Apprenti, a non-profit created by the WTIA Workforce Institute, engages directly with employers to deliver a registered tech apprenticeship program for non-traditional candidates, especially attracting more women, people of color, and veterans to pursue a career pathway in IT-related roles. The goal is to give candidates technical skills through related instruction over the course of two to five months followed by one-year of on-the-job training, providing apprentices with practical, hands-on learning and work experience that will serve as a pathway for middle-skills tech jobs.
Providing registered apprenticeships, as opposed to just apprenticeships, ensures that candidates have their skills certified and recognized wherever they apply. In other words, the training is portable and applicable across industries. Approximately 80 percent of Apprenti apprentices are retained by their sponsoring employer or within the industry.
What is BFIT’s role? Apprenti offers programs for approximately ten IT-related occupations such as Software Developers, Cybersecurity Analysts, Systems Administrators, and more with curricula drafted in consultation with industry and participating employers. BFIT is partnering with Apprenti to provide training for the IT Business Analyst program, the first IT Business Analyst program for Apprenti in Massachusetts. This fall semester, BFIT professors will train 14 apprentices who will then go on to paid apprenticeships at 6 local companies: Cengage, Eversource, Harvard University IT, PTC, RSM, and Wayfair. The classroom training is intensive—9-5 five days per week for 13 weeks—and the students will receive various credentials throughout their training.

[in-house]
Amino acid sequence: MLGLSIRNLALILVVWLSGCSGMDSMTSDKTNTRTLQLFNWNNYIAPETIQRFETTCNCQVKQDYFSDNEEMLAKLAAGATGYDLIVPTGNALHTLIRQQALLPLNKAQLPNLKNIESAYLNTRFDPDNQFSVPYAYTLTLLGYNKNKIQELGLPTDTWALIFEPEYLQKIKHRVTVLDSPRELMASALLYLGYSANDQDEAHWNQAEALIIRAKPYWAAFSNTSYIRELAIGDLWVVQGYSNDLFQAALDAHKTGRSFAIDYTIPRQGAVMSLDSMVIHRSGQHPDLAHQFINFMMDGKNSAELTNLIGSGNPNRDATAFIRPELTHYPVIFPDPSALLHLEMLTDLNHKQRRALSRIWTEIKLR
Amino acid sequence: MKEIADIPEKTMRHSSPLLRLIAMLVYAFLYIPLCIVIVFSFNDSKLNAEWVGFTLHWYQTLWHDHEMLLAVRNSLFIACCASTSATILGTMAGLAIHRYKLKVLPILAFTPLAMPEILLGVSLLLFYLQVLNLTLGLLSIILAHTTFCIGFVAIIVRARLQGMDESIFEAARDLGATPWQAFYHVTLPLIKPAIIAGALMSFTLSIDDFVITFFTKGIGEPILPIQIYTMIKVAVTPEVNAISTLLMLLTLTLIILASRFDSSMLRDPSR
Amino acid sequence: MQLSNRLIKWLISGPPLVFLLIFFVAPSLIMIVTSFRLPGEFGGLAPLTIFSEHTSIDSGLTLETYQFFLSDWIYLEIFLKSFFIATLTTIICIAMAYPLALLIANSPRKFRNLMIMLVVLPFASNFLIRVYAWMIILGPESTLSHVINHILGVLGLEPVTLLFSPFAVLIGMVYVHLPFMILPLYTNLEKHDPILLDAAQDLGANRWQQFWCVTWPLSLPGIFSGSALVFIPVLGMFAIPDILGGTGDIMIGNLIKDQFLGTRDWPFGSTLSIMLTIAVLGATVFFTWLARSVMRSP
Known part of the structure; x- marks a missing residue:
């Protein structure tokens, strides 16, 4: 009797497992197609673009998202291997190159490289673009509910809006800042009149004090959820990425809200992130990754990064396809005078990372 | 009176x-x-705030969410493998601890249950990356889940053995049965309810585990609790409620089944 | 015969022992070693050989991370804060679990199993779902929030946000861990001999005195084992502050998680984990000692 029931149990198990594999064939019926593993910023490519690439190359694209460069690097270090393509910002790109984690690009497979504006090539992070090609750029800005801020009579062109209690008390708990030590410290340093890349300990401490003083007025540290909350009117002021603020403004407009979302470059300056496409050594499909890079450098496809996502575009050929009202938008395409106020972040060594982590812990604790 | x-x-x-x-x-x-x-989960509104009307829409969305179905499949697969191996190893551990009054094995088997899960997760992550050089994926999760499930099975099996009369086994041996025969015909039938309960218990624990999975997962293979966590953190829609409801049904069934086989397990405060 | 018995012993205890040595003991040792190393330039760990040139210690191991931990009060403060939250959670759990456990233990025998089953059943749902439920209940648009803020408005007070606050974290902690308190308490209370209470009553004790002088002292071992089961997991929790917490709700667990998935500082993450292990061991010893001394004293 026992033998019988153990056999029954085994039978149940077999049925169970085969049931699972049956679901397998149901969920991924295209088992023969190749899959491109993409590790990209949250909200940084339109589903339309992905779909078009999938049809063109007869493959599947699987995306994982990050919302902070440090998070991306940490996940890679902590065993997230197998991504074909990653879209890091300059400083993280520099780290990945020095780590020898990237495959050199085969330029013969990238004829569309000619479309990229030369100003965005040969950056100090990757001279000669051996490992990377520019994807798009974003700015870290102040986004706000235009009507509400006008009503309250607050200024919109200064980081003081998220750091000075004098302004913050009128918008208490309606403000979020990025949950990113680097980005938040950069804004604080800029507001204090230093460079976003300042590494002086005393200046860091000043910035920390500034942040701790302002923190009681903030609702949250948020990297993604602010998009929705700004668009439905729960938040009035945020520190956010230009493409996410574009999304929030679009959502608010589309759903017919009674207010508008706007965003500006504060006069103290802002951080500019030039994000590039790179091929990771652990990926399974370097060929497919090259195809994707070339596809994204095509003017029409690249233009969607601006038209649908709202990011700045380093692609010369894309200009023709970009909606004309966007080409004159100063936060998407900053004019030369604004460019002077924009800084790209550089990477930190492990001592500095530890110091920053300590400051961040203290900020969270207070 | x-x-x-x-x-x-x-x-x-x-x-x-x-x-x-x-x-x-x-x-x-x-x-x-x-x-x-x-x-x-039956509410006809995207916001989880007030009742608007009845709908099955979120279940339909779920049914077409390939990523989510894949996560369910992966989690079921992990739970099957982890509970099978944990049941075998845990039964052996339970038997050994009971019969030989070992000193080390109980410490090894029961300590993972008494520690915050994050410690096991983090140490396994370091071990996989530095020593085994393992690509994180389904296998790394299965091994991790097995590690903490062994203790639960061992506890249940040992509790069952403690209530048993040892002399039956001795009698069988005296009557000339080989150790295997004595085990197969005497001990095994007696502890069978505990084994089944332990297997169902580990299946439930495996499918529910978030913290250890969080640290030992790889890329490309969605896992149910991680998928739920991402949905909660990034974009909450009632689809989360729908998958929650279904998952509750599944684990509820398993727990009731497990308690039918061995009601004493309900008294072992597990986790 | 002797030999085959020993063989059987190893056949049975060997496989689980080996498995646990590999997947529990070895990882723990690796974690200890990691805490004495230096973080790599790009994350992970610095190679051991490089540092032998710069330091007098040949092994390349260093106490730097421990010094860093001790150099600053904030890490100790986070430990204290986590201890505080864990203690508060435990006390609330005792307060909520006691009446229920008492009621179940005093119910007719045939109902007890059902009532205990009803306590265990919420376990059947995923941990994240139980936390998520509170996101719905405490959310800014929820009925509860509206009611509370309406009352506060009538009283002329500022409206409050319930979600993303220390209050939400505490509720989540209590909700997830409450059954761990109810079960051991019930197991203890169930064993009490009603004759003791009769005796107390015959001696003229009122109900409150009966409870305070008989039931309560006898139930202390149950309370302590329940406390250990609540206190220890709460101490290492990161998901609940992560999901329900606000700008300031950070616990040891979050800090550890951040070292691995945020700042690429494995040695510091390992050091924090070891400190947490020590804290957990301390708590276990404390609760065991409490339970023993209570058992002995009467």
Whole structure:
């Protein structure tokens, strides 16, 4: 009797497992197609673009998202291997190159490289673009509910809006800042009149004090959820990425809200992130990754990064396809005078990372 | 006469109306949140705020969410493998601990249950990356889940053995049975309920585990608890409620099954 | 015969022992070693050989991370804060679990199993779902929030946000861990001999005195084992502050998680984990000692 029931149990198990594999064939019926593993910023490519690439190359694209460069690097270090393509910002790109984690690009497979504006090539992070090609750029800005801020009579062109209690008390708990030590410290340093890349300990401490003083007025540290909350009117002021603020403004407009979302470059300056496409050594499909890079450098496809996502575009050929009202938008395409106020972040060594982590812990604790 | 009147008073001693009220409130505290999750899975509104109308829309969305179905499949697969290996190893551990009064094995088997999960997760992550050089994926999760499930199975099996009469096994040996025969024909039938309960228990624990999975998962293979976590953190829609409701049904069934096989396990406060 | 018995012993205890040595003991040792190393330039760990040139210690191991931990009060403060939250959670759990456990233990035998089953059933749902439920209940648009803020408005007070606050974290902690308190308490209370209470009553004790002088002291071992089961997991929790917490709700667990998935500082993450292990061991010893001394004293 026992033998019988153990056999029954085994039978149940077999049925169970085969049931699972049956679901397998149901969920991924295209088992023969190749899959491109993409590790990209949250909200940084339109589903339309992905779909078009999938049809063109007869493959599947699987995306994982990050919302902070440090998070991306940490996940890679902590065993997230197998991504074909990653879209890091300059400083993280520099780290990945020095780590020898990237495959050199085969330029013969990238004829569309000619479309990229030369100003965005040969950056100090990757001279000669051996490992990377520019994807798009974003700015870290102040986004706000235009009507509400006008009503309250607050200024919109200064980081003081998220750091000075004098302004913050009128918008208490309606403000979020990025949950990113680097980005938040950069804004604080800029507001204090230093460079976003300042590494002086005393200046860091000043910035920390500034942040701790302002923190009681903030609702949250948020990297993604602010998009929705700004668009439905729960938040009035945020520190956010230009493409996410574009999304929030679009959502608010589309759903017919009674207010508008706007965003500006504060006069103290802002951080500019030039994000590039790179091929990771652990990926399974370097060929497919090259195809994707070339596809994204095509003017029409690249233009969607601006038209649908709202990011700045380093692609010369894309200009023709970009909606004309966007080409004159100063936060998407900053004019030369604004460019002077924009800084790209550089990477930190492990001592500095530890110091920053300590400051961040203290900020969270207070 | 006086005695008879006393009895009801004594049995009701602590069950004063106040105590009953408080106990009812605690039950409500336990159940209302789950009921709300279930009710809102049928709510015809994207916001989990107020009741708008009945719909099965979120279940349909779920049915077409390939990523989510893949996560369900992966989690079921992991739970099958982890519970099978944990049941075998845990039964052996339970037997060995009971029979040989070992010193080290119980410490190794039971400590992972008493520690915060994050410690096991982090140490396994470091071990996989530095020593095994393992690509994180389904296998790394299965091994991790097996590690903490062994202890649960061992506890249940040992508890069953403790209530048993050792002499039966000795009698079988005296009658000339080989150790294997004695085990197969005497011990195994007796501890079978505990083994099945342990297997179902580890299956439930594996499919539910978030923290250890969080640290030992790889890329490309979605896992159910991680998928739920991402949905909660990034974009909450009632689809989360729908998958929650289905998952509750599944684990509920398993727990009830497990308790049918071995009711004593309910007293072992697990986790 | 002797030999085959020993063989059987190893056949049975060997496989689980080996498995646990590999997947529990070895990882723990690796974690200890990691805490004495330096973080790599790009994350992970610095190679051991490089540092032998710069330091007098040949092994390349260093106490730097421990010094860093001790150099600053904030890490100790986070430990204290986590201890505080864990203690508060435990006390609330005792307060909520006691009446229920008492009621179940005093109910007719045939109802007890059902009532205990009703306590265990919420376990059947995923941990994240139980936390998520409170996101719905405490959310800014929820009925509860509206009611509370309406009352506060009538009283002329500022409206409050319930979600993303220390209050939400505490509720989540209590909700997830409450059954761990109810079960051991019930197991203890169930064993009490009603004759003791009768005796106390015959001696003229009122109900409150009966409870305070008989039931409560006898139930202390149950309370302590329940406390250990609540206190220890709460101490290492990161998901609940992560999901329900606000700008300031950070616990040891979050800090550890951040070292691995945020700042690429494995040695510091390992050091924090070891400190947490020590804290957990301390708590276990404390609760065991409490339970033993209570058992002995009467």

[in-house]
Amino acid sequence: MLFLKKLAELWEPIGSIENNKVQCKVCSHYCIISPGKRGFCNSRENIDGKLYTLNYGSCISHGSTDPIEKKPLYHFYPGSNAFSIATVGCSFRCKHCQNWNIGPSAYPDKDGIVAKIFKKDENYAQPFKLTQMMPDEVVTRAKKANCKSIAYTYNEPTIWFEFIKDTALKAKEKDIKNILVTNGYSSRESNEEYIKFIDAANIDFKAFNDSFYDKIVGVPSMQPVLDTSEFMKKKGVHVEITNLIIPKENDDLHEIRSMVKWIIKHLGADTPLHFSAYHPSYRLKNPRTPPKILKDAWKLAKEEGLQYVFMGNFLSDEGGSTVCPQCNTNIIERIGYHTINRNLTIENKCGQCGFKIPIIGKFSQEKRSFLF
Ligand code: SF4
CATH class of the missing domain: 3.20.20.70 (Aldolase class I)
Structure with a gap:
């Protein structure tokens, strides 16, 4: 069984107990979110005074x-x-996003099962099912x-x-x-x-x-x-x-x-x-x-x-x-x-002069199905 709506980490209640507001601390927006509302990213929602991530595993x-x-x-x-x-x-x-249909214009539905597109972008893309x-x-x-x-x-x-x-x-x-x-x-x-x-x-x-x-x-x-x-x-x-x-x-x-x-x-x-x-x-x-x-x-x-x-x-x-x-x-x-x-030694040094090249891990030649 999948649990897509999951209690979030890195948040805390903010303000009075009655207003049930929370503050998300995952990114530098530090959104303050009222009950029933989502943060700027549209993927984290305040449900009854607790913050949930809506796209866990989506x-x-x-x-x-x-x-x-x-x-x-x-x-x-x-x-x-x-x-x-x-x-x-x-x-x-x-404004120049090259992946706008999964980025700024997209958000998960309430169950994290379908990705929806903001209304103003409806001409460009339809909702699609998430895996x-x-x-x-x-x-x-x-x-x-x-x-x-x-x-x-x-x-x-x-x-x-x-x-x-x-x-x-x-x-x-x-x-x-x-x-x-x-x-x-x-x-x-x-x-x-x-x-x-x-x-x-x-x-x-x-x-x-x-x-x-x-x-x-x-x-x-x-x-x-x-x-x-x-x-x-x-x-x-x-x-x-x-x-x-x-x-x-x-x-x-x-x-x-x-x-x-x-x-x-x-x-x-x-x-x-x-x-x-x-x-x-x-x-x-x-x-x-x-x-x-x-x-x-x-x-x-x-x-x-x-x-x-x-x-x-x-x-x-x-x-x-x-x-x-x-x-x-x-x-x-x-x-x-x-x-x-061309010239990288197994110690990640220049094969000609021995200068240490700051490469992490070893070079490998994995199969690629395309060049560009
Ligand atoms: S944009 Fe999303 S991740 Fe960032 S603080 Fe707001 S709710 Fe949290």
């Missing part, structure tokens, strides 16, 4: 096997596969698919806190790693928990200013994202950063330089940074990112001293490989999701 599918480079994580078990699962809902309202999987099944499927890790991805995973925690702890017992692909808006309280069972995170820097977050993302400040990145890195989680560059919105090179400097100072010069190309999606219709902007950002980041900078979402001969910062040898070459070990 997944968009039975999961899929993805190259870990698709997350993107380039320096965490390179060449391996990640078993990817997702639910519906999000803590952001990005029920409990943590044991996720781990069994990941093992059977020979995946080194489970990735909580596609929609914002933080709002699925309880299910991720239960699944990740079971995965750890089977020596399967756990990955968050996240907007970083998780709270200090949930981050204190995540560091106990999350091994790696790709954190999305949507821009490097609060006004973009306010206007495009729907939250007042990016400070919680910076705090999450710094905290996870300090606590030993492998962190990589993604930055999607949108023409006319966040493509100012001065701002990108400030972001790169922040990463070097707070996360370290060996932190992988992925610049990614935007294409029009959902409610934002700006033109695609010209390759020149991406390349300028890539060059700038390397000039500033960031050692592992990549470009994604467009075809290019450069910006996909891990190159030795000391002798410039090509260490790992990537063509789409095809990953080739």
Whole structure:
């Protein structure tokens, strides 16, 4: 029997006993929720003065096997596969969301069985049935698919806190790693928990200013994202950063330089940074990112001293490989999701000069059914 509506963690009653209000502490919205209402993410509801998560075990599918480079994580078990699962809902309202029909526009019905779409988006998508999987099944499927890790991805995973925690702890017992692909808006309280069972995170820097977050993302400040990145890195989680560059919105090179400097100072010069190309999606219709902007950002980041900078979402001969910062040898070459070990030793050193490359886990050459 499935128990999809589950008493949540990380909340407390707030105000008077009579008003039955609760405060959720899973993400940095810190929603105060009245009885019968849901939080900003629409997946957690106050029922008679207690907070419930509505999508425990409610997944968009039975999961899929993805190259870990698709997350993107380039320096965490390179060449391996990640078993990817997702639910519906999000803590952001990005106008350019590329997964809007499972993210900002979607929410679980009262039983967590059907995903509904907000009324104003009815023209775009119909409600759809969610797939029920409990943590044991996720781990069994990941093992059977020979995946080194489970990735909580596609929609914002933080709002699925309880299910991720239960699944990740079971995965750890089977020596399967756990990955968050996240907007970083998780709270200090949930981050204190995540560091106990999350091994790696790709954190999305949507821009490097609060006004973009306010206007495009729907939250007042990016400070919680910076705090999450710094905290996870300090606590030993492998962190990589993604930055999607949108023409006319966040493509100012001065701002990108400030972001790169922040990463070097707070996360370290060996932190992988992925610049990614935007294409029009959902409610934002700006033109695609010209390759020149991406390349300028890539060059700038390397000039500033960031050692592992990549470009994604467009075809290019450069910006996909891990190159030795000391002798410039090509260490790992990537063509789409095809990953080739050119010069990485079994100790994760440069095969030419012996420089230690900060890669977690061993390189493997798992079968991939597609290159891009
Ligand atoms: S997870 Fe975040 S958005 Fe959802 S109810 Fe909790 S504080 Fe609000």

The hands-on, real world training that is core to Apprenti’s approach aligns perfectly with BFIT’s philosophy of providing a pragmatic education geared toward equipping students to work in the industry jobs most in demand.
Open Avenues Foundation
Building off of the Massachusetts Global Entrepreneur in Residence (GEIR) program, which was also conceived of and designed by Open Avenues’ Co-Founder, Jeff Goldman, the Open Avenues Foundation is a 501(C)(3) non-profit that connects global talent in science, technology, engineering, and math (STEM) to university students in Massachusetts. Open Avenues employs field experts at high-growth companies to train the future workforce with the skills necessary to succeed in STEM and business careers. Through the Next-Gen Talent Catalyst program, Open Avenues Foundation is working to prepare traditionally underrepresented student populations for the STEM and business workforce in Massachusetts and beyond.
Open Avenues Foundation’s partners with BFIT to complement students’ traditional academic courses with experiential learning opportunities. Through these hands-on projects, students are immersed in experiences that simulate real-world settings and business challenges. In the 2019-2020 school year, Open Avenues Foundation’s Experts-in-Residence are challenging students to solve real computer ccience challenges as part of their fall 2019 professional seminar, and planning is underway for corporate challenges to launch for spring business and finance courses.
BFIT continues to grow and evolve. The relationships with Apprenti and Open Avenues Foundation are just two examples of the creative partnerships that the school is pursuing in order to provide pragmatic training and expand the community of experiential teachers and learners. There are more exciting partnerships in the works that we will see roll out in the coming years.
In the meantime, the school is preparing to move from its South End location to a state-of-the-art facility in Dudley Square. The proposed 55,000+ square foot complex will house an advanced manufacturing center and walk-in optical shop, as well as other innovative facilities for students and the broader community. BFIT is targeting fall of 2021 to open this new campus.
A school made possible by the foresight of an 18th century thinker continues to have relevance as we head into the third decade of the 21st century. The future is bright for BFIT and the community it serves!